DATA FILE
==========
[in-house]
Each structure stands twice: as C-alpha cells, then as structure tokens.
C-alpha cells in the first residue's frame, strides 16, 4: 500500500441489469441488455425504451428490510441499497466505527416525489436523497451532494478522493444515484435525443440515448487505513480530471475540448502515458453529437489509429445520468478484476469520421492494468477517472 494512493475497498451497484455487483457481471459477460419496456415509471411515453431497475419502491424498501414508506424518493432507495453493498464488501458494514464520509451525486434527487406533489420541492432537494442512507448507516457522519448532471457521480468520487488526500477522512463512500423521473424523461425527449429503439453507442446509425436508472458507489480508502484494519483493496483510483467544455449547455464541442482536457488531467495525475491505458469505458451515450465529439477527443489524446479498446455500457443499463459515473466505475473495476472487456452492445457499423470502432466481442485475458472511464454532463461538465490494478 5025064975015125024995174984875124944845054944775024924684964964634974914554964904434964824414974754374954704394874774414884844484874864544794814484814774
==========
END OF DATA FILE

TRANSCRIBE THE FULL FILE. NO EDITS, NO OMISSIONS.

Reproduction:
[in-house]
Each structure stands twice: as C-alpha cells, then as structure tokens.
C-alpha cells in the first residue's frame, strides 16, 4: 500500500441489469441488455425504451428490510441499497466505527416525489436523497451532494478522493444515484435525443440515448487505513480530471475540448502515458453529437489509429445520468478484476469520421492494468477517472 494512493475497498451497484455487483457481471459477460419496456415509471411515453431497475419502491424498501414508506424518493432507495453493498464488501458494514464520509451525486434527487406533489420541492432537494442512507448507516457522519448532471457521480468520487488526500477522512463512500423521473424523461425527449429503439453507442446509425436508472458507489480508502484494519483493496483510483467544455449547455464541442482536457488531467495525475491505458469505458451515450465529439477527443489524446479498446455500457443499463459515473466505475473495476472487456452492445457499423470502432466481442485475458472511464454532463461538465490494478 5025064975015125024995174984875124944845054944775024924684964964634974914554964904434964824414974754374954704394874774414884844484874864544794814484814774